Curiously uninvolving, but it may get children to thinking about stuff and maybe inventing some gizmos of their own.

THE STORY OF THINGS

Early humans about 3 million years ago had “no things,” and Layton wants to show us how they—we—got them.

The artistic style is squiggly and agitated, with occasional collage photos and other overlays. Pictures run in double-page spreads punctuated by tiny identifiers (“No Plates to eat off”), foldouts and larger pop-ups. The left-hand, lower corner of each spread gives a time frame (“12,000-4,000 YEARS AGO”) as readers and humanity move from pointy stones as tools to fire to civilizations, freely dispensing gags along the way. Did the ancient Greeks really invent the hula hoop? “Wheels are wheely useful!” Noting the invention of champagne by Dom Perignon is a nice touch for adult readers. “Ye Book of ye Middle Ages” centers on Europe of course, with a nod toward China for the invention of gunpowder. Perhaps the most amusing paper-engineering effect is the steam engine, which makes a chugga-chugga sound while smoke billows and three bearded guys bounce around behind. At the end, bigger and faster engines give way to smaller and faster microchips. There are several images of this title in various places within the text—very meta indeed—but no references and a lot of generalities. One might say that there is little gender or ethnic mix, but the figures are so abstract or cartoony that it may not matter. There isn’t a lot of matter here, period.

Curiously uninvolving, but it may get children to thinking about stuff and maybe inventing some gizmos of their own. (Pop-up/nonfiction. 5-7)

Pub Date: June 1, 2012

ISBN: 978-0-340-94532-2

Page Count: 22

Publisher: Trafalgar Square

Review Posted Online: Oct. 10, 2012

Kirkus Reviews Issue: Nov. 15, 2012

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Earnest and silly by turns, it doesn’t quite capture the attention or the imagination, although surely its heart is in the...

ROSIE REVERE, ENGINEER

Rhymed couplets convey the story of a girl who likes to build things but is shy about it. Neither the poetry nor Rosie’s projects always work well.

Rosie picks up trash and oddments where she finds them, stashing them in her attic room to work on at night. Once, she made a hat for her favorite zookeeper uncle to keep pythons away, and he laughed so hard that she never made anything publicly again. But when her great-great-aunt Rose comes to visit and reminds Rosie of her own past building airplanes, she expresses her regret that she still has not had the chance to fly. Great-great-aunt Rose is visibly modeled on Rosie the Riveter, the iconic, red-bandanna–wearing poster woman from World War II. Rosie decides to build a flying machine and does so (it’s a heli-o-cheese-copter), but it fails. She’s just about to swear off making stuff forever when Aunt Rose congratulates her on her failure; now she can go on to try again. Rosie wears her hair swooped over one eye (just like great-great-aunt Rose), and other figures have exaggerated hairdos, tiny feet and elongated or greatly rounded bodies. The detritus of Rosie’s collections is fascinating, from broken dolls and stuffed animals to nails, tools, pencils, old lamps and possibly an erector set. And cheddar-cheese spray.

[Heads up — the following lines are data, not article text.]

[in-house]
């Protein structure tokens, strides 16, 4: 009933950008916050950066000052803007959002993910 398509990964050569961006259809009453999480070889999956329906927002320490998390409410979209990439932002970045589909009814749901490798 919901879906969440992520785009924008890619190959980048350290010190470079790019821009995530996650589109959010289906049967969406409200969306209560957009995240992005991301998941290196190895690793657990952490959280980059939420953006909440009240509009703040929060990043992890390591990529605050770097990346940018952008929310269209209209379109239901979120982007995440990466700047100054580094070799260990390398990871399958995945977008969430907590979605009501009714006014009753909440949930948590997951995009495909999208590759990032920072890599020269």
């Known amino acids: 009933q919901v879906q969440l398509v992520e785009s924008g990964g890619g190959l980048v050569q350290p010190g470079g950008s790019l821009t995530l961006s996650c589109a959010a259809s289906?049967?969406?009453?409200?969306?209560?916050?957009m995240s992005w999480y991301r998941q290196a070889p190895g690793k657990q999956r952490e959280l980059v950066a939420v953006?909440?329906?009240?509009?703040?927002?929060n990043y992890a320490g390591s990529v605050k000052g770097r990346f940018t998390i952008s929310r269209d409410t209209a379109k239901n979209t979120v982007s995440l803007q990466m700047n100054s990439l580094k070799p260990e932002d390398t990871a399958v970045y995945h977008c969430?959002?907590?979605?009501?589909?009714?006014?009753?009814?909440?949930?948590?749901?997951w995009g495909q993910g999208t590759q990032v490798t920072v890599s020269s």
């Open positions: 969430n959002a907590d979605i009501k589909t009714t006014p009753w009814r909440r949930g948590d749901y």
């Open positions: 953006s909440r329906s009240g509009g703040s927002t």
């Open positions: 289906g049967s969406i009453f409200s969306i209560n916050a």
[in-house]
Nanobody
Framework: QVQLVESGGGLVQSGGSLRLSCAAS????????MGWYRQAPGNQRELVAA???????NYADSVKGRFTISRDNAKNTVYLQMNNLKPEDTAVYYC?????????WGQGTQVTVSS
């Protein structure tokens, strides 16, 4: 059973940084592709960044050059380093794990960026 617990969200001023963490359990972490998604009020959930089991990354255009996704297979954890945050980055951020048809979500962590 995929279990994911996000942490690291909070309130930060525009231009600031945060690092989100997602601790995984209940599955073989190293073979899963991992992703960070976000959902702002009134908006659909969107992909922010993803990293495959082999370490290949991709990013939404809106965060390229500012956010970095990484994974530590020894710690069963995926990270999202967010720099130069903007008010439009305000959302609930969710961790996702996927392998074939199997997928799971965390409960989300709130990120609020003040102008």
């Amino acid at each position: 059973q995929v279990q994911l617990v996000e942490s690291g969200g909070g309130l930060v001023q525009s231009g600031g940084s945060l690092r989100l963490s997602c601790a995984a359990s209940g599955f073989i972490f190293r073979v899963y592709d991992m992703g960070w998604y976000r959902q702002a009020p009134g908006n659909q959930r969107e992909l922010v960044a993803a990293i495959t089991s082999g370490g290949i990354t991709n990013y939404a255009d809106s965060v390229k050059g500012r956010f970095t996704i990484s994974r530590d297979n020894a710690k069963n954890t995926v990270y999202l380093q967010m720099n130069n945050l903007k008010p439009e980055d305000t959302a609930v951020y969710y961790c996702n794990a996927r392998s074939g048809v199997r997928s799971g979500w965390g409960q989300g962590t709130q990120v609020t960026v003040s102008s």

Earnest and silly by turns, it doesn’t quite capture the attention or the imagination, although surely its heart is in the right place. (historical note) (Picture book. 5-7)

Pub Date: Sept. 3, 2013

ISBN: 978-1-4197-0845-9

Page Count: 32

Publisher: Abrams

Review Posted Online: July 17, 2013

Kirkus Reviews Issue: Aug. 1, 2013

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A retro-futuristic romp, literally and figuratively screwy.

ROBOBABY

Robo-parents Diode and Lugnut present daughter Cathode with a new little brother—who requires, unfortunately, some assembly.

Arriving in pieces from some mechanistic version of Ikea, little Flange turns out to be a cute but complicated tyke who immediately falls apart…and then rockets uncontrollably about the room after an overconfident uncle tinkers with his basic design. As a squad of helpline techies and bevies of neighbors bearing sludge cake and like treats roll in, the cluttered and increasingly crowded scene deteriorates into madcap chaos—until at last Cath, with help from Roomba-like robodog Sprocket, stages an intervention by whisking the hapless new arrival off to a backyard workshop for a proper assembly and software update. “You’re such a good big sister!” warbles her frazzled mom. Wiesner’s robots display his characteristic clean lines and even hues but endearingly look like vaguely anthropomorphic piles of random jet-engine parts and old vacuum cleaners loosely connected by joints of armored cable. They roll hither and thither through neatly squared-off panels and pages in infectiously comical dismay. Even the end’s domestic tranquility lasts only until Cathode spots the little box buried in the bigger one’s packing material: “TWINS!” (This book was reviewed digitally with 9-by-22-inch double-page spreads viewed at 52% of actual size.)

A retro-futuristic romp, literally and figuratively screwy. (Picture book. 5-7)

Pub Date: Sept. 1, 2020

ISBN: 978-0-544-98731-9

Page Count: 32

Publisher: Clarion Books

Review Posted Online: June 3, 2020

Kirkus Reviews Issue: June 15, 2020

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